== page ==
Parents and children walking together

For the people who love and care about you, seeing you struggle with anxiety every day can be very difficult. Friends and family usually want to help you to deal with your anxiety. However, sometimes they inadvertently do things that are not so helpful.

What Friends and Family do that is NOT Helpful

Your friends and family are often trying their best to help. The following list includes things that they do that might (inadvertently) be keep your fears and anxiety going in the long-term.

Following the rules
  • Some people with anxiety have set up their whole lives in such a way that they can avoid situations that cause anxiety. For example, these individuals will not go into certain situations without a companion or a “safe person” with them. Others will have “rules” about what to do at home, like asking everyone in the house to wash a certain way or telling them when and how to answer the phone.
  • Although it might seem helpful to have your family assist you in coping with your anxiety, what they are actually doing when they follow your rules is helping you to AVOID anxiety.

REMEMBER: Avoiding anxiety only works in the short-term. Facing your anxiety is the only way to effectively manage it in the long-term.

Keeping you out of “danger”
  • It can be upsetting for friends and family to see you feeling anxious. As a result, because they know you are afraid of certain situations that you believe have a high likelihood of danger, your family may try to protect you before you are even in an anxious situation. For example, if you go to a movie with a family member, they might automatically choose seats in the back and near the exit so that you can “escape” if you are feeling anxious. Or, a loved one might pull you out of a social situation as soon as you look even a bit uncomfortable.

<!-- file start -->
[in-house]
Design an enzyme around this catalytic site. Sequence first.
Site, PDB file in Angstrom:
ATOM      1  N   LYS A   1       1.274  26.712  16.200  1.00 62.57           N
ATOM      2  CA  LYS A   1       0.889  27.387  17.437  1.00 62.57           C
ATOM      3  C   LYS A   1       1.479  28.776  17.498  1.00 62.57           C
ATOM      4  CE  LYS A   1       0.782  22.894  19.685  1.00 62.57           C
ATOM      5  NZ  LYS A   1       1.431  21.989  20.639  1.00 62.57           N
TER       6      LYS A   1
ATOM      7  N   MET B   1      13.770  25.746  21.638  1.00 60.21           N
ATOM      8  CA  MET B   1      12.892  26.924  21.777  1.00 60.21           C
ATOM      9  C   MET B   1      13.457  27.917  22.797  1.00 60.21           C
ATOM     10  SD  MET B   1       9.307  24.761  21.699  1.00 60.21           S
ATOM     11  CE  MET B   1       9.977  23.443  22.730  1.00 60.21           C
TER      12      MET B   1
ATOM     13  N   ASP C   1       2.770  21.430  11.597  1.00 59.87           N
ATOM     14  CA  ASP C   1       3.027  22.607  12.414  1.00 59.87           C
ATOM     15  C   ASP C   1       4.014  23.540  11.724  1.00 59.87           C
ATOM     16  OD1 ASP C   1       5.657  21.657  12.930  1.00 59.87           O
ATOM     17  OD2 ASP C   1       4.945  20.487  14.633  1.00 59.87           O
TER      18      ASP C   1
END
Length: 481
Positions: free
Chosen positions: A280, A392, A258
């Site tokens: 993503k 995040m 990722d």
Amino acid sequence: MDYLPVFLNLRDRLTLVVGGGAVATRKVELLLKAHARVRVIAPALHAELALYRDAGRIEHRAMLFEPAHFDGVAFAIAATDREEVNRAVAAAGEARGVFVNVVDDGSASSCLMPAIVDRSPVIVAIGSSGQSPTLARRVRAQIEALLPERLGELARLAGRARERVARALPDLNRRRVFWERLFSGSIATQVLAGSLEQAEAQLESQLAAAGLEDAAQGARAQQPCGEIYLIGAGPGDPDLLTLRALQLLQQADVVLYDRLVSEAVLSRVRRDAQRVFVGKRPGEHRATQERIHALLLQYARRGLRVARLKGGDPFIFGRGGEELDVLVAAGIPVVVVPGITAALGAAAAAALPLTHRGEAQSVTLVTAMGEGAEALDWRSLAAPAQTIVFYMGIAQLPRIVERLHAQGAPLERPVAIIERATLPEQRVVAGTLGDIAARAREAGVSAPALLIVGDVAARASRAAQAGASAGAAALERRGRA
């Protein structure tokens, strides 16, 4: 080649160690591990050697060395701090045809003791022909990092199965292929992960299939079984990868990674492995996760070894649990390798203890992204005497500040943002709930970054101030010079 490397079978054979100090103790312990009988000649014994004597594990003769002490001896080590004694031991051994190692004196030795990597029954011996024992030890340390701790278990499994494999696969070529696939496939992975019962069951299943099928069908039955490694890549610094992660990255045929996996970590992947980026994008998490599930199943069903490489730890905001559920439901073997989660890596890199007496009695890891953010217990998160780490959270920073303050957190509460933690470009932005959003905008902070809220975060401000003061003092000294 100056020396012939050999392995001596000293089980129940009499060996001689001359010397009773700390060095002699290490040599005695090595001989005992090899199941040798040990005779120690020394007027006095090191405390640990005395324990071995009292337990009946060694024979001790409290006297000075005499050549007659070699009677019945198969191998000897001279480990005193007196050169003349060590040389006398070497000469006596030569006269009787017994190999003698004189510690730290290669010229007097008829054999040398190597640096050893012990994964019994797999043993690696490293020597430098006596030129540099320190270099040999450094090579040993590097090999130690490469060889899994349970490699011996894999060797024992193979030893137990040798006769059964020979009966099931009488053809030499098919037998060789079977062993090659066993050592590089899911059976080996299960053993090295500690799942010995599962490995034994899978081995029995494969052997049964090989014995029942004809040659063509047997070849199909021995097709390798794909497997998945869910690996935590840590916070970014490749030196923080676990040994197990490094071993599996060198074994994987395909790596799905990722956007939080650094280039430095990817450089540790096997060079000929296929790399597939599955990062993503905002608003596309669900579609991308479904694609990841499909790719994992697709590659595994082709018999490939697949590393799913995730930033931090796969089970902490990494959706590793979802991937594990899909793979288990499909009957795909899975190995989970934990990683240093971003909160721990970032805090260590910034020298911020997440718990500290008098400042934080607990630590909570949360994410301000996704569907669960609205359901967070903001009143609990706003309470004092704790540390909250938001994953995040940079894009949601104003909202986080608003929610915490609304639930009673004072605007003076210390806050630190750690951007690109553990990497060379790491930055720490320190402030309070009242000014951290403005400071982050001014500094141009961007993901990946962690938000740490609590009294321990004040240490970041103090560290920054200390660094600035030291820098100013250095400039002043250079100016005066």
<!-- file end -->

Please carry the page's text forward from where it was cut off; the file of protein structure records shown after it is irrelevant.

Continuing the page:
• Once again, it is clear that friends and family are trying to help. But the message that they are actually sending when they do this is that anxiety is dangerous and needs to be avoided at all costs, and that you are too fragile to cope. However, we know this is likely untrue.

REMEMBER: Anxiety is uncomfortable and sometimes unpleasant, but it is not dangerous. It is a normal and necessary system in the body.

Pushing too much
  • Not all loved ones try to keep you out of anxious situations. In fact, more and more people are starting to hear about the benefits of facing your fears, or perhaps have always believed in this, taking a “tough love” approach. Because of this, some friends and family will try to push you into anxious situations before you are ready or without telling you first. For example, if you are afraid of dogs they might take you to a dog park without telling you, or come to your house with a dog and ask you to pet it.
  • Although trying to help you face your fears is a good thing, when sprung on you suddenly, and in a “large dose” it that can feel very scary and overwhelming. It is a bit like the old idea of learning how to swim by being thrown in a lake: this won’t help you learn how to swim, it will only make you scared of water and probably distrusting of the person who pushed you. Loved ones who push too much and too soon are actually making the world a scary place for you, and are going to cause you to distrust them. 

REMEMBER: Although it is important for you to face your fears, it is best to do it gradually and at your own pace.

Helpful Strategies for Friends and Family

Fortunately, there are several things that friends and family can do to help.

Learning about anxiety
  • When struggling with anxiety, an important first step for you is to learn about what anxiety is and the strategies that are helpful in the long run. If family and friends are going to help you, they need to know this information too.